Spread the filling along the middle third of your dough rectangle, from end to end. Make even, diagonal cuts on each side of the rectangle. Both sets of cuts should slant downward (cuts on one side are all parallel to each other, but perpindicular to the cuts on the opposite side of the dough). Fold the strips over, alternating one strip from each side so that they cross in the middle (sort of like braiding). Carefully transfer one end of the log to a parchment-lined baking sheet, then pick up the rest of it and wrap it around to form a ring. Merge the ends where they meet as best you can; don’t be concerned if it’s not a gorgeous juncture, because you can cover that area liberally with icing to hide any imperfections.

Let the cake rise, covered, for about 45 minutes (until it looks somewhat puffy). Meanwhile, preheat your oven to 350 F. Bake the cake for 30-35 minutes, until golden brown. Remove from the pan to a rack to cool.

Once the cake has cooled, slice a slit in the bottom of the cake and hide the baby (or other token) in the already-cooked cake. Do not cook a plastic baby in the cake: it will melt!


*2 cups confectioners’ sugar
* 4 tablespoons water
* grated zest of 1 lemon or 1/2 orange

Mix together all ingredients until smooth. The icing should pour easily, but not be runny or watery. Adjust the texture as needed by adding additional amounts of water or sugar—just be careful when adding more water ’cause a little dab’ll do ya. Add a drop or two of food coloring to all or part of the icing if you want to add a splash of color to your creation.

7 Responses to “King Cake”

  1. Lydia Says:

    Your king cake looks beautiful! I always wondered whether King Cake had a particular recipe, or whether it was just named for the king hidden inside any kind of cake?

  2. Janice Says:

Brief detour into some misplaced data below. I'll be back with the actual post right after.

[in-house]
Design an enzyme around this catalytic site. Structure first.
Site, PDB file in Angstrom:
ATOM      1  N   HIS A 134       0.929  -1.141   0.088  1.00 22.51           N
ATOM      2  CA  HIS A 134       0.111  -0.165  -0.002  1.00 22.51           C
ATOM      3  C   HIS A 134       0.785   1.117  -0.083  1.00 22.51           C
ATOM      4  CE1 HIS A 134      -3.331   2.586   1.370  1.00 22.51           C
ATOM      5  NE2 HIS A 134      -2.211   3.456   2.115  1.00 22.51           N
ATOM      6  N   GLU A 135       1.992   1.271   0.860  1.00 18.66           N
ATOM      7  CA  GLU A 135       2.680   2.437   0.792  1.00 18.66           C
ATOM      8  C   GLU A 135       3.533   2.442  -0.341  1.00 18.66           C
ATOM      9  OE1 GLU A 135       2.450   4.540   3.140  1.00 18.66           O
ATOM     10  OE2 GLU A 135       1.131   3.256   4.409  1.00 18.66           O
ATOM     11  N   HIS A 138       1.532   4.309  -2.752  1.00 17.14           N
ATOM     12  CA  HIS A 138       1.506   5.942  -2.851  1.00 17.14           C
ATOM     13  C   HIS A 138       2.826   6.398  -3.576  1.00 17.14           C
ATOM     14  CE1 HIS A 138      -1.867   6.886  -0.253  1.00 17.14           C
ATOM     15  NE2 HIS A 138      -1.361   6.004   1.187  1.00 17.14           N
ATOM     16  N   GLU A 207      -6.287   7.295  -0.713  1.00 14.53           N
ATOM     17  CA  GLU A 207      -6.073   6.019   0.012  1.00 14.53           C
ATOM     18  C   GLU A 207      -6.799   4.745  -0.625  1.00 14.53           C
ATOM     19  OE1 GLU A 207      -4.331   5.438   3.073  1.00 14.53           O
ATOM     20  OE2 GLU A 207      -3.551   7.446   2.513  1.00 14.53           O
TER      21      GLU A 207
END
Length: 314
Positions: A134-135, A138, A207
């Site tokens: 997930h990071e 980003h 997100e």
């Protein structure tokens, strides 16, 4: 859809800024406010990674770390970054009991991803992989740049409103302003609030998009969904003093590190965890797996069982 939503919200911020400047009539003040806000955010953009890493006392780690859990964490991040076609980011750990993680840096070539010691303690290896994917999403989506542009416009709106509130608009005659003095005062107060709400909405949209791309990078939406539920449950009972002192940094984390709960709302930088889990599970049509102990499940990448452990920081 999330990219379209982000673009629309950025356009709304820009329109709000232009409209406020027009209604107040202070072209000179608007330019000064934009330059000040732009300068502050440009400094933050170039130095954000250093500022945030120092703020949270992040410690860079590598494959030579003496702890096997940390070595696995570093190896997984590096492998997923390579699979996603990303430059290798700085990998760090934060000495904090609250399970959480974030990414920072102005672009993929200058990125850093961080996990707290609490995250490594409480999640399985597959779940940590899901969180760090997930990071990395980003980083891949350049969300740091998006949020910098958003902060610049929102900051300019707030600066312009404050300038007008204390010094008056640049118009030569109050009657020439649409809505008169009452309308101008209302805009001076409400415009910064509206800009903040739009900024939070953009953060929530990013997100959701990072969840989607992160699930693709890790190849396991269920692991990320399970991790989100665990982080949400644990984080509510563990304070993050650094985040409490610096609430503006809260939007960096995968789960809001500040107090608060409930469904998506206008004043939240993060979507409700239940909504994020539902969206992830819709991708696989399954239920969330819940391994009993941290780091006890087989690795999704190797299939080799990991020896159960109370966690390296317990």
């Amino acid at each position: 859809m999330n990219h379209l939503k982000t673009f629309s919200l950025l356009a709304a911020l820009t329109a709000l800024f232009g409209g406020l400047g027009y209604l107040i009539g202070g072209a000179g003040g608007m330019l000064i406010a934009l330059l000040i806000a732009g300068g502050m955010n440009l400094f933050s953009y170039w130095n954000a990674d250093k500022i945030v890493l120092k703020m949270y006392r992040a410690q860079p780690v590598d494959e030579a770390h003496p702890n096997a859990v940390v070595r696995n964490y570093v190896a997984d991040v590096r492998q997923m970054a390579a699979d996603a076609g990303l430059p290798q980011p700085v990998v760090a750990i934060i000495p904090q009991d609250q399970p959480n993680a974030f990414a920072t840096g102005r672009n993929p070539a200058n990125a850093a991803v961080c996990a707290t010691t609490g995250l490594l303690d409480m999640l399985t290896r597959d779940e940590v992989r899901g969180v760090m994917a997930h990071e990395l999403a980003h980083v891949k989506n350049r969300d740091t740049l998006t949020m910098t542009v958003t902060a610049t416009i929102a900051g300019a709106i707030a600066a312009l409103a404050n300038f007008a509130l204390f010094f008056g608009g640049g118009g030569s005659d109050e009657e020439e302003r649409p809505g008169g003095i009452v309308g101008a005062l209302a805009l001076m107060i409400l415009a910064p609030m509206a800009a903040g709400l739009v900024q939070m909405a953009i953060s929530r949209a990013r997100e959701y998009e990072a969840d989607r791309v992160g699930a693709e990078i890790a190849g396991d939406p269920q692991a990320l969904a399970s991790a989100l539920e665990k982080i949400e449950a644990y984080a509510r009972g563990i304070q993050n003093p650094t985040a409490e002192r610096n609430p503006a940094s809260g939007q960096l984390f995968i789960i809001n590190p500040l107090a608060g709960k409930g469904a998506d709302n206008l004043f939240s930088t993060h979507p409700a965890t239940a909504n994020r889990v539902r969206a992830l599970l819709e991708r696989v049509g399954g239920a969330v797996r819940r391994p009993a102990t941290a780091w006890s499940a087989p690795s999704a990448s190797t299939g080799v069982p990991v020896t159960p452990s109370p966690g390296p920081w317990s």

I think I got the “rehid” Baby Jesus which was in the Apricot Cream Cake. I will make a King Cake next year.

  3. Mom Says:

    I watched you make bread when we were there at Christmas. For the past 30 years, I’ve been making bread with my electric mixer and have always put the water in first and added flour as needed to get the dough the proper consistency. I guess it’s hard to learn new ways but I still feel more confident with my way and feel that I have more control over the dough. Just goes to show that there’s more than 1 way to make bread. I’m hoping to use my day off to make a King Cake today.

  4. jwsharrard Says:

    When you buy a King Cake in New Orleans, it’s always a brioche-type dough with some sort of filling; I believe that is the traditional format. A token in another kind of cake would accomplish the goal of coronating a king (or queen) just as well, but wouldn’t have the same taste/flavor, which, when it comes right down to it, is something that I associate with the holiday.

    I’ve recently learned about a couple of other token-containing cakes:

    Ribbon Pulls are a Southern wedding tradition. Several clairvoyant charms, each tied to a long ribbon, are hidden inside a cake with the ribbon trailing out. The bride chooses several single women from within her reception each to pull the end of a ribbon; the charm each gets is supposed to tell each woman’s future.

    Money Cake is something that Kari’s grandmother used to make for people’s birthdays. She would hide several coins inside the cake and secretly marked where the highest concentration was to be found so that the guest of honor would get the most money.

    PS—Hooray, Janice!

  5. kari Says:

    if I forget next year, please remind me that the baby is living in my jewelry box!

    gramma also made sure that there were pieces of cake with no money for babies and people who couldn’t be trusted not to swallow coin. And! don’t cook the money! put it in before you frost!

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  7. Corduroy Orange » Blog Archive » King Cake Question Says:

    [...] tried making your king cake twice now and it just doesn’t work.  The dough never rises.  You say it’s easy to [...]